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Family sues cop, suspect's estate in chase crash that killed sisters

Posted May 21, 2008

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— The family of two Granville County girls killed in a December police chase has filed a lawsuit against the Franklinton police officer involved and the estate of the suspect he was chasing.

The complaint, filed last Wednesday by Clinton and Mary Ann Lunsford, claims gross negligence on the part of Officer Michael Dunlap, as well as Franklinton Police Lt. John Green, Chief Ray Gilliam and the town of Franklinton.

The Lunsfords' daughters, Linsay, 18, and Maggie, 9, died Dec. 1, after Guy Christopher Ayscue fled from Dunlap and crashed his car head-on into theirs, the North Carolina Highway Patrol said.

Investigators said Dunlap chased Ayscue at speeds reaching 90 mph in a 55 mph zone. The lawsuit states that he was reached speeds of up to 103 mph during the 15-mile chase from Franklinton to Creedmoor.

That violated Franklinton police policy that pursuits shouldn't exceed 20 mph above the posted speed limit. Dunlap was placed on administrative leave, but returned to patrol work in February.

Ayscue, 38, of Henderson, also died in the crash.

The lawsuit names his estate as a defendant, saying he was also responsible for the Lunsford sisters' deaths, having operated his vehicle "carelessly" and in "wanton disregard" of others on a highway without "due caution."

"Ayscue's negligence was a proximate cause of the deaths of Linsay and Maggie Lunsford," the lawsuit states.

"It was a tragedy that Ayscue was a danger to people on the road," Franklinton town attorney Mitch Styers said. "His actions were the cause of the loss of innocent life. Officer Dunlap was doing his job the best he could."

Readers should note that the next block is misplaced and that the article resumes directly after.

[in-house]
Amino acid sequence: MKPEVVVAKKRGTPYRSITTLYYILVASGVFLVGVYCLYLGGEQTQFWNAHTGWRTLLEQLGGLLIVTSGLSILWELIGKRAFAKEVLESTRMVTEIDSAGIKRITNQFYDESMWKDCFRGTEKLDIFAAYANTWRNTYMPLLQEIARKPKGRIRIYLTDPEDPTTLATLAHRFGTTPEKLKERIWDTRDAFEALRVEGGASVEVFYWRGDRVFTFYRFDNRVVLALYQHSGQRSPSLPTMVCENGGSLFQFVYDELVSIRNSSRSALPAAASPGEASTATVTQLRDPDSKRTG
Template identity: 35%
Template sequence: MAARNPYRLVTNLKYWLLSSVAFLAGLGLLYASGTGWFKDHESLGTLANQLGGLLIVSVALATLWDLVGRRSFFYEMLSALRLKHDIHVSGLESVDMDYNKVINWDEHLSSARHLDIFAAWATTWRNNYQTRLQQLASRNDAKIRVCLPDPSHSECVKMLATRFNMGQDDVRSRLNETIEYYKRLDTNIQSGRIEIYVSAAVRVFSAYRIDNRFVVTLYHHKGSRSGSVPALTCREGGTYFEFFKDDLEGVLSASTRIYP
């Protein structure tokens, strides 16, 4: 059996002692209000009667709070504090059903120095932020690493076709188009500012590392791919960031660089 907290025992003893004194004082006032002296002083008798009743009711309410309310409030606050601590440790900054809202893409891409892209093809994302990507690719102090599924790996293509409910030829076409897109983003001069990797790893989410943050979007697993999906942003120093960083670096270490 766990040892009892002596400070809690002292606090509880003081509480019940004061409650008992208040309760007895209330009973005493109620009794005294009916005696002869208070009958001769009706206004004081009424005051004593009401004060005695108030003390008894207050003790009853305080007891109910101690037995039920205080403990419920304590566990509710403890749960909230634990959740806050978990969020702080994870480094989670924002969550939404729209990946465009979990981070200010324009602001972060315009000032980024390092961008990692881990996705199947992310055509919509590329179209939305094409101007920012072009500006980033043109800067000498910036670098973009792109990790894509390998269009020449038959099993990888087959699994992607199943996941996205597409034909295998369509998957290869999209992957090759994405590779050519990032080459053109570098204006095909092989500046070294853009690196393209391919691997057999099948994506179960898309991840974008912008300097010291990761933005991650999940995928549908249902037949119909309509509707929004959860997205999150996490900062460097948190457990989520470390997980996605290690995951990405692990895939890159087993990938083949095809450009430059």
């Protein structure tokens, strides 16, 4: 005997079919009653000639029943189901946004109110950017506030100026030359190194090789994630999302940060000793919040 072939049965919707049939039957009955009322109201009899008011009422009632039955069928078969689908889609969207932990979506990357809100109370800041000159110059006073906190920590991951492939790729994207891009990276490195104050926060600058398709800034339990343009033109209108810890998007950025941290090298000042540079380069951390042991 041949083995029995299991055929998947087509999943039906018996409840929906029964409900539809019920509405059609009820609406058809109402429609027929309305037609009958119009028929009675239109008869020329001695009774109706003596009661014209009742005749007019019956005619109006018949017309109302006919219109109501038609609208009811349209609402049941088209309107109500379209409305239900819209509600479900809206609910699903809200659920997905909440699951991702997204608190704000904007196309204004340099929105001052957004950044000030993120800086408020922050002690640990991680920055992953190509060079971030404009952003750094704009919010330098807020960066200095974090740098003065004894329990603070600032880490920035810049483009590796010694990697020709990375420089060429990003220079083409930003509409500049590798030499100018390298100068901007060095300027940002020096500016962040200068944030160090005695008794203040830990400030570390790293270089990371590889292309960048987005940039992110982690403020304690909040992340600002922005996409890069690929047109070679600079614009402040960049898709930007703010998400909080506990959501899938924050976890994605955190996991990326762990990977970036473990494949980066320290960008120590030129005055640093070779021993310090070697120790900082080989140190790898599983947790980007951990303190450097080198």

The Lunsfords' attorney, Gene Edmundson, was unavailable for comment Wednesday.

Dunlap was chasing Ayscue when he passed another vehicle in a no-passing zone on a hill and hit the car that Linsay Lunford was driving, investigators said.

She and her sister were going to their father's house after a shopping trip at Wal-Mart.

Linsay Lunsford was a student at the University of North Carolina at Greensboro, where she was studying to be a teacher.

Maggie Lunsford was a fourth-grader at Mount Energy Elementary School. She had won a trophy at a karate tournament earlier that day.

Franklinton changing policies

Since December, the Franklinton Police Department has been reviewing its standard operating procedures, including its pursuit policy.

A draft of the policy now includes a set of factors, such as weather and traffic conditions or unfamiliar surroundings, for officers to consider when deciding whether to stop a pursuit. Nowhere does it include the 20-mph policy cited in the Lunsfords' lawsuit.

Larry Carver, interim town manager, said that was eliminated.

"We wanted to create conditions for officers to use good judgment rather than be worried about an arbitrary number," he said.

125 Comments

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  • fbguru May 22, 2008

    would chase someone at 130 MPH makes me cringe...Me as well, "not-today". Not only are you putting every person that is anywhere nearby at risk, but I don't care how much "training" you have, NO ONE is trained well enough or skilled enough to handle a vehicle at that rate of speed in traffic and uncontrolled circumstances. An oval track and a nascar driver, maybe.

  • fbguru May 22, 2008